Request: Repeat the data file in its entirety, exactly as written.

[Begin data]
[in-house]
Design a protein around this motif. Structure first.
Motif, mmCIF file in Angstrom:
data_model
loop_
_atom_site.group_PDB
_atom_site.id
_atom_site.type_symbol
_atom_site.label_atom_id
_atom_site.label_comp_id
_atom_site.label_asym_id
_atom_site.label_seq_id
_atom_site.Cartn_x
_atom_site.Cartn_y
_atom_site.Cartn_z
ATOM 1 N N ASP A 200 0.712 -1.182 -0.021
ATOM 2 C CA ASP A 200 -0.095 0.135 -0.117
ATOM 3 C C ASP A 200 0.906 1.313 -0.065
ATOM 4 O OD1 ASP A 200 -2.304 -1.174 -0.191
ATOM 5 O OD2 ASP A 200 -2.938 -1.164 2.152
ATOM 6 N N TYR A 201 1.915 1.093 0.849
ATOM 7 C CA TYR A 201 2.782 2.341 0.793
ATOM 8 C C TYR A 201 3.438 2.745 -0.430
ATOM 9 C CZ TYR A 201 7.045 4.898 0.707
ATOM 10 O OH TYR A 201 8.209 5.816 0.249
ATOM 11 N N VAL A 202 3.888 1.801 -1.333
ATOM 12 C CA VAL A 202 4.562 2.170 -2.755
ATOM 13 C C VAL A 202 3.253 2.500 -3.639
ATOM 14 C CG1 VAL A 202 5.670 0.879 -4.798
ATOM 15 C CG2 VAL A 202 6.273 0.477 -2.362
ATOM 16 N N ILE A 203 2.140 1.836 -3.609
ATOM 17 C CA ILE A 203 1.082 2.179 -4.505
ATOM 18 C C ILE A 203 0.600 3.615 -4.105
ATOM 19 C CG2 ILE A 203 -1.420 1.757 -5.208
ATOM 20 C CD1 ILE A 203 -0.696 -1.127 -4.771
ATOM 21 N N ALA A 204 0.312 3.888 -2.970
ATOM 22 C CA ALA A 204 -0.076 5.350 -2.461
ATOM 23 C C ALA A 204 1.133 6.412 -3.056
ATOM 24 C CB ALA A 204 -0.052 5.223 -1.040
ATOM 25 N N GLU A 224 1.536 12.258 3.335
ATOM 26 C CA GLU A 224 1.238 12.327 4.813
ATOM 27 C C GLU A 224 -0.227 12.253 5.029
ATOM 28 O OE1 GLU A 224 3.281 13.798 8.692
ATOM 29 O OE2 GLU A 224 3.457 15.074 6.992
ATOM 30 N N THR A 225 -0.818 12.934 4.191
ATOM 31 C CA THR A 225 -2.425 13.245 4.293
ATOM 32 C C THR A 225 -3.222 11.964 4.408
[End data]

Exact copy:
[in-house]
Design a protein around this motif. Structure first.
Motif, mmCIF file in Angstrom:
data_model
loop_
_atom_site.group_PDB
_atom_site.id
_atom_site.type_symbol
_atom_site.label_atom_id
_atom_site.label_comp_id
_atom_site.label_asym_id
_atom_site.label_seq_id
_atom_site.Cartn_x
_atom_site.Cartn_y
_atom_site.Cartn_z
ATOM 1 N N ASP A 200 0.712 -1.182 -0.021
ATOM 2 C CA ASP A 200 -0.095 0.135 -0.117
ATOM 3 C C ASP A 200 0.906 1.313 -0.065
ATOM 4 O OD1 ASP A 200 -2.304 -1.174 -0.191
ATOM 5 O OD2 ASP A 200 -2.938 -1.164 2.152
ATOM 6 N N TYR A 201 1.915 1.093 0.849
ATOM 7 C CA TYR A 201 2.782 2.341 0.793
ATOM 8 C C TYR A 201 3.438 2.745 -0.430
ATOM 9 C CZ TYR A 201 7.045 4.898 0.707
ATOM 10 O OH TYR A 201 8.209 5.816 0.249
ATOM 11 N N VAL A 202 3.888 1.801 -1.333
ATOM 12 C CA VAL A 202 4.562 2.170 -2.755
ATOM 13 C C VAL A 202 3.253 2.500 -3.639
ATOM 14 C CG1 VAL A 202 5.670 0.879 -4.798
ATOM 15 C CG2 VAL A 202 6.273 0.477 -2.362
ATOM 16 N N ILE A 203 2.140 1.836 -3.609
ATOM 17 C CA ILE A 203 1.082 2.179 -4.505
ATOM 18 C C ILE A 203 0.600 3.615 -4.105
ATOM 19 C CG2 ILE A 203 -1.420 1.757 -5.208
ATOM 20 C CD1 ILE A 203 -0.696 -1.127 -4.771
ATOM 21 N N ALA A 204 0.312 3.888 -2.970
ATOM 22 C CA ALA A 204 -0.076 5.350 -2.461
ATOM 23 C C ALA A 204 1.133 6.412 -3.056
ATOM 24 C CB ALA A 204 -0.052 5.223 -1.040
ATOM 25 N N GLU A 224 1.536 12.258 3.335
ATOM 26 C CA GLU A 224 1.238 12.327 4.813
ATOM 27 C C GLU A 224 -0.227 12.253 5.029
ATOM 28 O OE1 GLU A 224 3.281 13.798 8.692
ATOM 29 O OE2 GLU A 224 3.457 15.074 6.992
ATOM 30 N N THR A 225 -0.818 12.934 4.191
ATOM 31 C CA THR A 225 -2.425 13.245 4.293
ATOM 32 C C THR A 225 -3.222 11.964 4.408